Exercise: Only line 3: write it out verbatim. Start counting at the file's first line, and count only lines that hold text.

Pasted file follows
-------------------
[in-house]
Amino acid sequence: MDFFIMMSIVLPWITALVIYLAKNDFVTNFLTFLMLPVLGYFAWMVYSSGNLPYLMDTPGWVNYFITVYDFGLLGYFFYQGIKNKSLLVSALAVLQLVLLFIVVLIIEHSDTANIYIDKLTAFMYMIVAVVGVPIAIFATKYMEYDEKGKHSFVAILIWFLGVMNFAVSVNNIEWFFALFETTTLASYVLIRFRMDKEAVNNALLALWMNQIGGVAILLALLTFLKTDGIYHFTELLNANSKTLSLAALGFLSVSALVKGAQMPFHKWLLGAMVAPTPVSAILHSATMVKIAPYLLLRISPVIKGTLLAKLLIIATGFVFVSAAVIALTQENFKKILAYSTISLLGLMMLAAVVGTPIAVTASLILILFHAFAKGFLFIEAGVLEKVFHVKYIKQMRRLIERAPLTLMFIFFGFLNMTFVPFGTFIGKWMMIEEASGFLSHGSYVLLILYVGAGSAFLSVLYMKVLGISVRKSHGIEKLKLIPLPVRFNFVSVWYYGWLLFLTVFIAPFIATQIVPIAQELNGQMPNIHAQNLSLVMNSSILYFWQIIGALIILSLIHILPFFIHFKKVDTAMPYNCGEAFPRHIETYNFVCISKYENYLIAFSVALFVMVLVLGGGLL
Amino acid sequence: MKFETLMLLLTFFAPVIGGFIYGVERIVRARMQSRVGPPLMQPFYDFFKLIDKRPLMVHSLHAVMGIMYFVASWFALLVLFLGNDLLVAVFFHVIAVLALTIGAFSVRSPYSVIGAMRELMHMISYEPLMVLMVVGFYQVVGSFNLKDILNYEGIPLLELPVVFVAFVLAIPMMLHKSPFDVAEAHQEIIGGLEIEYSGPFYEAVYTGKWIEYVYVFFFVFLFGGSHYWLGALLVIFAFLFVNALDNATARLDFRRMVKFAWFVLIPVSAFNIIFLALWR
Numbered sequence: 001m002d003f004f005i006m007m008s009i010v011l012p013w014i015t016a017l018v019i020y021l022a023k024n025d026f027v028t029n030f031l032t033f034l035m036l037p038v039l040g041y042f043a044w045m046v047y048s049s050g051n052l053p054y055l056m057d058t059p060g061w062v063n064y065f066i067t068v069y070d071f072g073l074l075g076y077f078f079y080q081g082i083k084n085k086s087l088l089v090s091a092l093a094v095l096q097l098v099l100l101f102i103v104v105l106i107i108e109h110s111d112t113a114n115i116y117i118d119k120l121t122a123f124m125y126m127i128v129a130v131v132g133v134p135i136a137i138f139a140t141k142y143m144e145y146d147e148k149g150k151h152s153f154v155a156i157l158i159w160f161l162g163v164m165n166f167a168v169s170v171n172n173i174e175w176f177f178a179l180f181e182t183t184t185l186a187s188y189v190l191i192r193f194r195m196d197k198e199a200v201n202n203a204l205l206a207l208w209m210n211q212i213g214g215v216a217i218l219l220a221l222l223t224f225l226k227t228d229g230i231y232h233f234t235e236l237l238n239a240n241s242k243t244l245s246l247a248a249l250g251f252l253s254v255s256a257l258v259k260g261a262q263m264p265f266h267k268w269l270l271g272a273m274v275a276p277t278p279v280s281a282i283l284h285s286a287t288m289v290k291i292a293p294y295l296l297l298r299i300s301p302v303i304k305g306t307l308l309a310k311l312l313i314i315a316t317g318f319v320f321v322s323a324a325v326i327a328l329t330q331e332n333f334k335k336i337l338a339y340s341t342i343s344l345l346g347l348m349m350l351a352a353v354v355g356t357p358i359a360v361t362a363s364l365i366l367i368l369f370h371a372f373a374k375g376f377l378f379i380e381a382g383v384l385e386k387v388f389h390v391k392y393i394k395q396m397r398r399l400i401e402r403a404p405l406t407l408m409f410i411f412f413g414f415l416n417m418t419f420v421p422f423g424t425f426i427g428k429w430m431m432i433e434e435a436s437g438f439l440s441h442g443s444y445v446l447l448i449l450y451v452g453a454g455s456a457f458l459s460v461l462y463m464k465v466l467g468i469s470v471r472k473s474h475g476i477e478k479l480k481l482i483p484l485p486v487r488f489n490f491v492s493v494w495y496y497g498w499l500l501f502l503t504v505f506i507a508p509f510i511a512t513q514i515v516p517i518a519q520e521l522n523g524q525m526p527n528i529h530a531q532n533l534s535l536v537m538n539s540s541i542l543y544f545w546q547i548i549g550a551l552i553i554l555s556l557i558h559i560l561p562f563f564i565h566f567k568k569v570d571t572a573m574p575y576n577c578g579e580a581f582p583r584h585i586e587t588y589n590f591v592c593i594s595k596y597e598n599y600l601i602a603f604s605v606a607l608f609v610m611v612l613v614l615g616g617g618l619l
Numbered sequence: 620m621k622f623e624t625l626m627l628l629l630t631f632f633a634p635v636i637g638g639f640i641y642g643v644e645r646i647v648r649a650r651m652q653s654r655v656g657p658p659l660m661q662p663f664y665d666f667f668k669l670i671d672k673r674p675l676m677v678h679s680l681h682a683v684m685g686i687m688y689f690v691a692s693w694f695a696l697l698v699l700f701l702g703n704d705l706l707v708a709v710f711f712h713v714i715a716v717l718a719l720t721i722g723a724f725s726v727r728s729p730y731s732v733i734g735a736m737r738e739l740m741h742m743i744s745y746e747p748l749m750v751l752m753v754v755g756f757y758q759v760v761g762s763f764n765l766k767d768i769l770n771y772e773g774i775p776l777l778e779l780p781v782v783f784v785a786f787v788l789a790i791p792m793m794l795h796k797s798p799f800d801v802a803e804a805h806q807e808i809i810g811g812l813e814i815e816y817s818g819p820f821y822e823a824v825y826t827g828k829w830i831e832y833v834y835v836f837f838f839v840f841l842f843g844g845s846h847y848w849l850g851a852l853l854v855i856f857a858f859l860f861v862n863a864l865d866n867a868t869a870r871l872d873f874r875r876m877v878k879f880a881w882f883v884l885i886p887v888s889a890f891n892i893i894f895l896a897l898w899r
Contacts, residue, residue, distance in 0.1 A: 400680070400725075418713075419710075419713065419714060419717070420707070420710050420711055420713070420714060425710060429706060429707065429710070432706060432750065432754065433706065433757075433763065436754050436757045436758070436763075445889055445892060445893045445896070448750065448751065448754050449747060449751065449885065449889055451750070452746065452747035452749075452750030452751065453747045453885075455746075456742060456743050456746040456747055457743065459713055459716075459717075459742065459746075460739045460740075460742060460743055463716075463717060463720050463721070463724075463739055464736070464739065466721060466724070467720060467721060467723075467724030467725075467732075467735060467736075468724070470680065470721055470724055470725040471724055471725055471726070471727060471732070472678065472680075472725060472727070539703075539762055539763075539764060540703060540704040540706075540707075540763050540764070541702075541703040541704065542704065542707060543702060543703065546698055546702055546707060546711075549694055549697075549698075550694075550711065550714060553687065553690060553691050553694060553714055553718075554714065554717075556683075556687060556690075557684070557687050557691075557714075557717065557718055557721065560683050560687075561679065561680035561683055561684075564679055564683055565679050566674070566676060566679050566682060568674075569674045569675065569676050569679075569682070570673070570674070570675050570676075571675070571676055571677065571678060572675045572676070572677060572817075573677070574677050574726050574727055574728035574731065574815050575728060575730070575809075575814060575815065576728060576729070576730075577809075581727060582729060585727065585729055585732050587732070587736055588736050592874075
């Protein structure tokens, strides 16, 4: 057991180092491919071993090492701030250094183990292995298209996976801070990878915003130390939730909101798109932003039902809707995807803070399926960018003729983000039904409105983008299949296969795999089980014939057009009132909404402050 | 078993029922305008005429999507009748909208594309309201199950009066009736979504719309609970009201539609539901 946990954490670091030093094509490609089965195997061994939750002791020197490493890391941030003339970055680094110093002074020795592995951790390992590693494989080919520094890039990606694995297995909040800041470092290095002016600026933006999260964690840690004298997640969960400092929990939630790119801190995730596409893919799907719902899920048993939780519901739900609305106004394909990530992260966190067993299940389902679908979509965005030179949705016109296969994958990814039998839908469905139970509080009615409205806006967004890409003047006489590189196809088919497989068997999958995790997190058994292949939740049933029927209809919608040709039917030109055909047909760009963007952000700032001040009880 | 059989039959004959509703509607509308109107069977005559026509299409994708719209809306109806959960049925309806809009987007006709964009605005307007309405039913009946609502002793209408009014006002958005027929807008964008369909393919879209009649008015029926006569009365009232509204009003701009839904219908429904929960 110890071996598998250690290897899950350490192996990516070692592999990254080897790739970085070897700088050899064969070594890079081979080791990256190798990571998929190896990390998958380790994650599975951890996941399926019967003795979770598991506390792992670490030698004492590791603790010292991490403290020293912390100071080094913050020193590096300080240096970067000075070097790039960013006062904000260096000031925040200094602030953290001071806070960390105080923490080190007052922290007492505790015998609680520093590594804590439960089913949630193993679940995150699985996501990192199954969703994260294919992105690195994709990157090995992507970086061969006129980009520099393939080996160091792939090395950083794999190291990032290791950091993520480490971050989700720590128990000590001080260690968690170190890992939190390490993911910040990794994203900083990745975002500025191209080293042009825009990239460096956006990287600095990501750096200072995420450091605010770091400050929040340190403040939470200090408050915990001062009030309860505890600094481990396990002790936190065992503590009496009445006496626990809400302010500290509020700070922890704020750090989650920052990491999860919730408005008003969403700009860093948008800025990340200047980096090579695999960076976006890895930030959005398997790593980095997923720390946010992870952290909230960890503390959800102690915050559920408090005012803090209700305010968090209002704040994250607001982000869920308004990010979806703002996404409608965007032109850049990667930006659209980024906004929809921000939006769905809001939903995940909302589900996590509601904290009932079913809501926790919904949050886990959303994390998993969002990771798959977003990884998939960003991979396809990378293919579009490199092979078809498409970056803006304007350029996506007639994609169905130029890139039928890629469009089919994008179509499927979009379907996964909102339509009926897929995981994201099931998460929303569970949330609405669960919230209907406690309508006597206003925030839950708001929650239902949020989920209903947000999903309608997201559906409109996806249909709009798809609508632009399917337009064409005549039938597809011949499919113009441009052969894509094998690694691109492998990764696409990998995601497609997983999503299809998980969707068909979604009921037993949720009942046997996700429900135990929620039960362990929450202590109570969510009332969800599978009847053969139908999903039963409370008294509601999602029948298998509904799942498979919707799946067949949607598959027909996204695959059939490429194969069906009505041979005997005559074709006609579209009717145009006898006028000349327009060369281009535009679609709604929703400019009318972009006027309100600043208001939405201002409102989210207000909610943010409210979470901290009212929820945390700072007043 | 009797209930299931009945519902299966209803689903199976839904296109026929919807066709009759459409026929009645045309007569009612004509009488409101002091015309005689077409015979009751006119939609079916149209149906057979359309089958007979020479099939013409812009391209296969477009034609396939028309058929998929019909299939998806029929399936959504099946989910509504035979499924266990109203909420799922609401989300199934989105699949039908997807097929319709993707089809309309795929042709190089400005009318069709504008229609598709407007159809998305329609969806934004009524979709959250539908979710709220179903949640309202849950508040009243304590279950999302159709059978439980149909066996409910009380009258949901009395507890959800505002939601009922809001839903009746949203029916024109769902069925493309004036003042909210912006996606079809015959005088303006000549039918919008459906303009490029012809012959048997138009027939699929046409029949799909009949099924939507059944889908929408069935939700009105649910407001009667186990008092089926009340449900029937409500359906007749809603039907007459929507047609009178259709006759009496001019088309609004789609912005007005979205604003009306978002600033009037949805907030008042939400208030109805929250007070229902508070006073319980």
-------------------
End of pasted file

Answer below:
Amino acid sequence: MKFETLMLLLTFFAPVIGGFIYGVERIVRARMQSRVGPPLMQPFYDFFKLIDKRPLMVHSLHAVMGIMYFVASWFALLVLFLGNDLLVAVFFHVIAVLALTIGAFSVRSPYSVIGAMRELMHMISYEPLMVLMVVGFYQVVGSFNLKDILNYEGIPLLELPVVFVAFVLAIPMMLHKSPFDVAEAHQEIIGGLEIEYSGPFYEAVYTGKWIEYVYVFFFVFLFGGSHYWLGALLVIFAFLFVNALDNATARLDFRRMVKFAWFVLIPVSAFNIIFLALWR